Pastor With Just One Aim
The main imperative, the only instruction, Paul has for these men is Acts 20:28. And the instruction is “Pay Attention!” The elders of this Ephesian are to never forget how to pastor. The elders of every local church better never forget how to pastor. The Ephesian elders must pastor with just one aim. The elders of every local church must pastor with just one aim. “Pay attention!”
Are you ready for this? The Greek word for “pay attention” was a boating word. It meant “bring the ship to shore.” So, after three years with these men and after three plus months away from these men, Paul had to get back to them and had to instruct them to do just one thing and I do not think it was the first time that they heard these words. I do not think that it was the first time that they were told to “pay attention! Bring the ship to shore!”
Bring the ship to shore when it comes to you (elders).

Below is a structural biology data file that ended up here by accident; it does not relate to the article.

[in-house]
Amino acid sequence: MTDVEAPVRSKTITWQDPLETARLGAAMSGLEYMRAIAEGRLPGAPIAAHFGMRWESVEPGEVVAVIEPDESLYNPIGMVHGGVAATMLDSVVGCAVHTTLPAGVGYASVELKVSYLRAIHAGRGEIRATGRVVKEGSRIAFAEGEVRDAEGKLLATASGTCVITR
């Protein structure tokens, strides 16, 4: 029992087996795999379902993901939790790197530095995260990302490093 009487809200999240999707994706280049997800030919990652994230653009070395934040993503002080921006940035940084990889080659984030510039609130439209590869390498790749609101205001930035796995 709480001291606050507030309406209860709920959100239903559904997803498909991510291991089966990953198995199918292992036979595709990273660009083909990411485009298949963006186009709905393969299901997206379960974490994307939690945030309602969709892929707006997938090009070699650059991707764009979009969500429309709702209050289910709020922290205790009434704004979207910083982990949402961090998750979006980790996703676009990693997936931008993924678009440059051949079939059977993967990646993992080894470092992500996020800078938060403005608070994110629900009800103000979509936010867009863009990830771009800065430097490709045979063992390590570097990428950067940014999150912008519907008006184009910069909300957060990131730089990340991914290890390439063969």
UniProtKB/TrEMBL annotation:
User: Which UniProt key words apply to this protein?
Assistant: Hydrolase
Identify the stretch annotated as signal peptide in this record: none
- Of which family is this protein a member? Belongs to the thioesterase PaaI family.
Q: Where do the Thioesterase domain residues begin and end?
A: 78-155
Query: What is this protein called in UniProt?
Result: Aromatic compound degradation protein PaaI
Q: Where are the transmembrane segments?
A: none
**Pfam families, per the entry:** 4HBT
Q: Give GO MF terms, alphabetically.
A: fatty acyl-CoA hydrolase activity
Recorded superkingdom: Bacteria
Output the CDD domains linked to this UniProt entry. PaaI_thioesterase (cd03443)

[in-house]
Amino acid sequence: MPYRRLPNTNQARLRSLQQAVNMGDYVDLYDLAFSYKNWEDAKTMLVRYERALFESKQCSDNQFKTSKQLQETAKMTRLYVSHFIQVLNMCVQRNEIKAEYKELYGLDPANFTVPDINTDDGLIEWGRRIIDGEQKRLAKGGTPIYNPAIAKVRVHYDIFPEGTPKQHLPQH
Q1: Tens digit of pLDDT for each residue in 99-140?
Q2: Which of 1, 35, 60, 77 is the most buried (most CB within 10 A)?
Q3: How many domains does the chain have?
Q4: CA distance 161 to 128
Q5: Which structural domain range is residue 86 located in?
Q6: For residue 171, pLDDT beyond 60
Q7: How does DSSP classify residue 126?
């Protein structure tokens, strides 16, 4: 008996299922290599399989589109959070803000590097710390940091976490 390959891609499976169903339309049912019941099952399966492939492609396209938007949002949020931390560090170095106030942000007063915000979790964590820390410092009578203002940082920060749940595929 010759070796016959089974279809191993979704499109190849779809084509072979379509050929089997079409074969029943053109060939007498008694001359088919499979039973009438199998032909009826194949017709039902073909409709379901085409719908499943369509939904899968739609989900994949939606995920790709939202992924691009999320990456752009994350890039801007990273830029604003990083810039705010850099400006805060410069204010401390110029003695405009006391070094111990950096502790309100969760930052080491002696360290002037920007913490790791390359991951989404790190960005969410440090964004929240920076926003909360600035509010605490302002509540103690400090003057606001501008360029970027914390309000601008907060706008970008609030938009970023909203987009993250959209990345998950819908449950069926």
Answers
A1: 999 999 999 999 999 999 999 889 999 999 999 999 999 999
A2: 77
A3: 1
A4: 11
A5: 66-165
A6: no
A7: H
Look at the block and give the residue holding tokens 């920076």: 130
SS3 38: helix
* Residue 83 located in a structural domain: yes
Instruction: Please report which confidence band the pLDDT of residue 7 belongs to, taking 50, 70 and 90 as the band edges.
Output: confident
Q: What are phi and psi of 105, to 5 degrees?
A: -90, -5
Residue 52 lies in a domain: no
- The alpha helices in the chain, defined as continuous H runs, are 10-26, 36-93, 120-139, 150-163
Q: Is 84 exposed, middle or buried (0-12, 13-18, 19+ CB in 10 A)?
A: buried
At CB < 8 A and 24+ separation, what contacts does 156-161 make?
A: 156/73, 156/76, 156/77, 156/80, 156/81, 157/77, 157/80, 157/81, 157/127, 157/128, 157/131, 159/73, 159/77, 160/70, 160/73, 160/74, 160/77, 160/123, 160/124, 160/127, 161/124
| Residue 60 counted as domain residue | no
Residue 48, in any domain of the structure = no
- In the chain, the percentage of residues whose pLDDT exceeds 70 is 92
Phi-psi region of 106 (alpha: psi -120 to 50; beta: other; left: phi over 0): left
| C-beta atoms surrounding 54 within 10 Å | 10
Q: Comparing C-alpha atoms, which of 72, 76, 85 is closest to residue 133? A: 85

Who is listed first when Paul says “pay careful attention?” It is a paying careful attention to you and he is talking to elders. In your pastoring, elders, bring the ship to shore. I struggled all week with this. How does a pastor in his pastoring pay careful attention to himself? John MacArthur called this ‘getting right with God.’ The elder in his pastoring must be about getting himself right with God all the time. I asked a dear friend of mine about this and he pastors a great church in Lancaster, Ohio. I asked him about how a pastor really I think pastors himself, pays close attention to himself. In thinking through it he asked some questions that I thought were super applicable. Are we personally submitting ourselves to accountability partners? Am I seeing my pastoring as a ministry not a job? Am I serving according to my giftedness or the expectations of others? Do I hold myself to the same standards that come through my teaching? Am I holding myself to the teaching? There is where I think we start to really understand how our pastors bring their own ship to shore. Perhaps, this is so important so that the pastor himself does not end up becoming the fierce wolf of Acts 20:29-30.